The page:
Neuromarketing and the “Buy” Button
What if there was a “buy button” in our brains? It’s every marketer’s dream. Just imagine if you could discover those hot buttons that will drive people to buy certain products or vote for a particular candidate. It’s not fantasy actually. There’s a science for that.
Neuromarketing is a field of marketing research that studies consumers’ sensorimotor, cognitive, and affective, or emotional, response to marketing stimuli. Essentially, neuromarketing is trying to figure out how we subconsciously respond to certain messages and stimuli. Through the findings, neuromarketing companies learn why consumers make the decisions they do, and what parts of the brain are motivating them to do so. Neurobranding then uses these findings to create products that people will want to buy and messaging they will respond to.
Buying decisions reflect feelings and beliefs. For example, through neuromarketing research Frito-Lay discovered that shiny chips packaging triggers an area in the brain associated with guilt while matte beige bags of chips picturing potatoes and other “healthy” ingredients didn’t trigger the same feelings of guilt. Similarly, a study of 600 women who got an empty Tiffany box found out that when receiving the box, their heart rate went up by 20%. Even thought there was no logo on the box, their reaction was associated with the color which triggered the emotional association women have with engagement, marriage or children.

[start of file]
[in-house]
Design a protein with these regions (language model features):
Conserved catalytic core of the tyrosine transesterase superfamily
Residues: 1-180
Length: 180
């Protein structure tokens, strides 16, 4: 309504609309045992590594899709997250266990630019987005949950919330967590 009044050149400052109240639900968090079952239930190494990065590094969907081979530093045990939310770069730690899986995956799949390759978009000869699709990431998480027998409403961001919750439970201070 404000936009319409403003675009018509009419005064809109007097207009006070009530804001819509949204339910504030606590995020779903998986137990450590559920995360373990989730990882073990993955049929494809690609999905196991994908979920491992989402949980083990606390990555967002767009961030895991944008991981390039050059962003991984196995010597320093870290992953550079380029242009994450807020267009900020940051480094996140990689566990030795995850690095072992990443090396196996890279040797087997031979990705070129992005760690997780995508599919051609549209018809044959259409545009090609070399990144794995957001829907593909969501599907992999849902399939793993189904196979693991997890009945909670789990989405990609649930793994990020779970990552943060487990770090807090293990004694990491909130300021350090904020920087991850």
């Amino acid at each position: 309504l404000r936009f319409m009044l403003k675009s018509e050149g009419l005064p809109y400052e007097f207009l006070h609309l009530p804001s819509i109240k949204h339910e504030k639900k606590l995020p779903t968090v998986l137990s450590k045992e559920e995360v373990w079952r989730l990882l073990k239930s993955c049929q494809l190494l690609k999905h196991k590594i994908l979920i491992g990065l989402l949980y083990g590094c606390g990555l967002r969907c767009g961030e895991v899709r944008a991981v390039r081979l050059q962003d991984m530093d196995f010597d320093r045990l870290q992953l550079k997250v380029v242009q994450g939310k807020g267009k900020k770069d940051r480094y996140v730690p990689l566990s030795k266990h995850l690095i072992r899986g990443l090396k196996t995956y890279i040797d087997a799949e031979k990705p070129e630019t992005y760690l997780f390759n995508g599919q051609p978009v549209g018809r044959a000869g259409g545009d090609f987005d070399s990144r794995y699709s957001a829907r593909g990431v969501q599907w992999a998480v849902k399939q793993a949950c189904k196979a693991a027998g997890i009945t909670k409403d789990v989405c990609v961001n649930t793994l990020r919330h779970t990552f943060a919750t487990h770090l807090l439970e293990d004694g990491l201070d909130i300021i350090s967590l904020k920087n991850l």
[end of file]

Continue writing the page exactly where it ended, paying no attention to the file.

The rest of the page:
Our brain has adapted to spend as little energy as possible to process sensory information. Science has found that the non-conscious brain (what they call the “old brain’ or the reptilian brain) is actually the real decision maker. The same senses of flight or fight that helped our ancestor survive millions of years ago is still at work today in the complex world of consumerism. In fact, your “reptilian” brain knows what you want 2 seconds before you do!
Neurobranding is essentially learning how to talk to the old brain effectively and stimulate it so it responds quickly. Here are six stimuli that the old brain responds to:
- Me – People love to talk about themselves. Make sure to direct the message to them and they are more likely to pay attention.
- Contrast – The old brain responds to contrast. Think of all those before and after ads. That’s a good example of using contrast.
- Tangible – Make sure what you are communicating is easily understood and has tangible benefits. The old brain doesn’t understand numbers and abstract terms, you have to tell the customer what he/she will see, hear, smell, feel or taste as a result.
- Beginning and End – Most people will have a good memory of beginnings and endings but not so much about the middle.
- Visual – A picture is worth a thousand words.
- Emotion – People respond strongly to emotions.
Want to see neurobranding in action? Check out this Old Spice ad and try to spot how many of these stimuli the company used.